Jun 26, 2022

Mawazo Writing Africa

Writing about the main

Doctor sued for R2m for failing to give proper care to woman whose ring finger was bitten by robber

The High Court in Pretoria has ruled in favor of a woman whose wedding ring finger was amputated after she was bitten during an armed robbery in 2016.

The woman had told Dr. Francois du Toit Inc, an emergency medicine health organization for R2m, who claimed she did not adequately treat a bite wound sustained in a robbery at her home.

The woman who died in the last Last week’s verdict, identified as AW Malan, was rushed to Kloof Hospital after the attack outside her home in Pretoria on 17 January 2016.

She and her husband were attacked and their ring finger was bitten by the attacker .

After being treated for various injuries, she was given a prescription.

A few days later, the pain in her left ring finger became unbearable and her hand became swollen.

< p>She urgently contacted her general practitioner who immediately referred her to an orthopedist who treated her.

On March 15, 2017, her ring finger was amputated.

The woman sued dr Francois du Toit Inc. and said she breached her legal duty on multiple counts wrongfully and negligently.

She said the health organization did not investigate the human bite on her finger and should have foreseen, that there was an orthopedic emergency that required immediate hospitalization and the prescription of therapeutic antibiotics to prevent infection.

She contacted her GP urgently, who immediately referred her to an orthopedist who treated her then treated.

On March 15, 2017, her ring finger was amputated.

The woman sued Dr. Francois du Toit Inc., arguing that it breached its legal obligations on multiple counts with wrongfulness and negligence.

She said the health organization failed to investigate the human bite on her finger and had predicted that this would result in an orthopedic emergency that required immediate hospitalization and the prescription of antibiotic therapy to prevent infection.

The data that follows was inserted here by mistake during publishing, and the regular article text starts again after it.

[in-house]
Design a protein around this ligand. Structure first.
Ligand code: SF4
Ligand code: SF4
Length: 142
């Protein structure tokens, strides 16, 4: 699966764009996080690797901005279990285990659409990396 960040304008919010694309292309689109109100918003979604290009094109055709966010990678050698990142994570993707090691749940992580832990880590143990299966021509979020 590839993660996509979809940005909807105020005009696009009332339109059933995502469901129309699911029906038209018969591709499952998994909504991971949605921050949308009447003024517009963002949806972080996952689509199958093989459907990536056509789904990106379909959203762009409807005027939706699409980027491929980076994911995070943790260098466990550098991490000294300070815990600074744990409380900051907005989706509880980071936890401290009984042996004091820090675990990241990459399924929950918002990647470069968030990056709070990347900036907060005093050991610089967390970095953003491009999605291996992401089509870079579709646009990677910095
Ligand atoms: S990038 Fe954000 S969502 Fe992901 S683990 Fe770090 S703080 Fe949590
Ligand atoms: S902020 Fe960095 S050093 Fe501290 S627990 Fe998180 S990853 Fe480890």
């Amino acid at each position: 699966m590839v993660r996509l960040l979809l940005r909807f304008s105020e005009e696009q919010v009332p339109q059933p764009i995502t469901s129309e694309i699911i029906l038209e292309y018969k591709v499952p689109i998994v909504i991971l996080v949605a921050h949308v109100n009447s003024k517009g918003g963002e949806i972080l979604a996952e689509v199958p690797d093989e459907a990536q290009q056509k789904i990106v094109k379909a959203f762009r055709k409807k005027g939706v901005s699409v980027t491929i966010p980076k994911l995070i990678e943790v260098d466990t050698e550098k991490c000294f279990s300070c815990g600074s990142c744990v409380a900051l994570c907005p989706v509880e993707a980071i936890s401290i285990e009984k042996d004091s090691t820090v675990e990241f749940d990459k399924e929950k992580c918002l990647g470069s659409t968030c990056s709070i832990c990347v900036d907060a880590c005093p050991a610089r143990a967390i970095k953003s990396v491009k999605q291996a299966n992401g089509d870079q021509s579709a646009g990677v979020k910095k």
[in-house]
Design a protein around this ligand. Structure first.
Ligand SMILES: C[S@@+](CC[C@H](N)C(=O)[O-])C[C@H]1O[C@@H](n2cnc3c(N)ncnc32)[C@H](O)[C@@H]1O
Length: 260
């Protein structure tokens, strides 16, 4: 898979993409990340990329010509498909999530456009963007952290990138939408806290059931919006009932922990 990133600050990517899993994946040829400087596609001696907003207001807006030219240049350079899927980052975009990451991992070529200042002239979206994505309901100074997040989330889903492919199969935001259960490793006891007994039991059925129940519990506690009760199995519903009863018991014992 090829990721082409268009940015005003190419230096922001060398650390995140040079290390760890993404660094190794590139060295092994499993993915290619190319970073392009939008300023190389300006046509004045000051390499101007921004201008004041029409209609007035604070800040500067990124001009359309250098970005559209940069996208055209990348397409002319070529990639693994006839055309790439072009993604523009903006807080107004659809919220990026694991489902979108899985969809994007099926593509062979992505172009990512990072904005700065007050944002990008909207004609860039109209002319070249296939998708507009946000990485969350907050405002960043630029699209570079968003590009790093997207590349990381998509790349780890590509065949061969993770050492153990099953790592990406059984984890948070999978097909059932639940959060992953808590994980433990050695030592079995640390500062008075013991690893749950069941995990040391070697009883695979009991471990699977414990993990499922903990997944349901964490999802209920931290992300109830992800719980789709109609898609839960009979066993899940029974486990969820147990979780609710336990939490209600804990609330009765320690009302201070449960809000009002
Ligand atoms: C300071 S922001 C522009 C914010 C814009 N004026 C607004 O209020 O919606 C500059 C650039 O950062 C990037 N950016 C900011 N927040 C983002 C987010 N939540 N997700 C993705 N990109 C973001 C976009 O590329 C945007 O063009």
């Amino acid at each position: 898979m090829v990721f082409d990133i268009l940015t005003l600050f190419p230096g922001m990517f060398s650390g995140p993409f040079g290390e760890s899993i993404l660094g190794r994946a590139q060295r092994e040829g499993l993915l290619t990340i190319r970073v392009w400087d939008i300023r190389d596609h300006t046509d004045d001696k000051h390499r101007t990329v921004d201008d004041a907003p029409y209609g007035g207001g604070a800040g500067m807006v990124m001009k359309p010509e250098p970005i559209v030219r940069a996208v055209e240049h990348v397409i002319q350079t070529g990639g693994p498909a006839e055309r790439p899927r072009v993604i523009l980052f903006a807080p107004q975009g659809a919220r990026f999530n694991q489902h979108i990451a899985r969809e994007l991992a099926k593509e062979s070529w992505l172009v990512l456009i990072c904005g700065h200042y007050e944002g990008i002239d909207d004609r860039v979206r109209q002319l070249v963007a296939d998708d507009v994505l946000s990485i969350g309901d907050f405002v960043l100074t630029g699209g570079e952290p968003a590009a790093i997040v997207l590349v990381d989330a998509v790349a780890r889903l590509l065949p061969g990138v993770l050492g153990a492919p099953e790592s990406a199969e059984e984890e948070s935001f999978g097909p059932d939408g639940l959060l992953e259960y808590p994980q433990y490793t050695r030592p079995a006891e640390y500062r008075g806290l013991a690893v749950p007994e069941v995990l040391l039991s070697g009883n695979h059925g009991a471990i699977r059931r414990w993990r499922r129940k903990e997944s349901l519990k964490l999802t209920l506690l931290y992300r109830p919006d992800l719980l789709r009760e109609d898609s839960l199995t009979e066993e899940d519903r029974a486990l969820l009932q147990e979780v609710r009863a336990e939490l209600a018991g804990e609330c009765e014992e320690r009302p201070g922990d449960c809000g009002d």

That is their claim. Doctors did not treat the injury as a bite wound .

R2m’s claim related to hospital expenses, future disability and general damages.

At the beginning of the trial, the The parties agreed that the court would settle with the merit of the claim and not the amount of damages.

The woman said she informed the attending nurses and doctors that she had more than one al was bitten.

Judge Harshila Kooverjie said Malan’s statement about disclosing the bite was corroborated by her husband.

The doctor who treated her reiterated her statement, that the woman had not disclosed to her the fact that she had bitten her finger.

If she had, her treatment protocol would have been very different, the doctor said.

In her conclusion, the judge said she found there was a high likelihood that disclosure of the bite occurred, therefore treatment was not appropriate.

“Consequently, the defendant failed in his statutory duty of wrongfulness and negligence injured,” Kooverjie said.

She said the health organization’s expert report said a human bite required coordinated treatment. These included prophylactic antibiotics, hospitalization, intravenous antibiotics and debridement.

“Therefore, the circumstances in which Ms. Malan ended up could have been avoided if the appropriate treatment had been provided.”

< p>“In Ms. Malan’s case, I think the treatment was inadequate,” Kooverjie said as she ordered the health organization to pay Malan’s proven damages.

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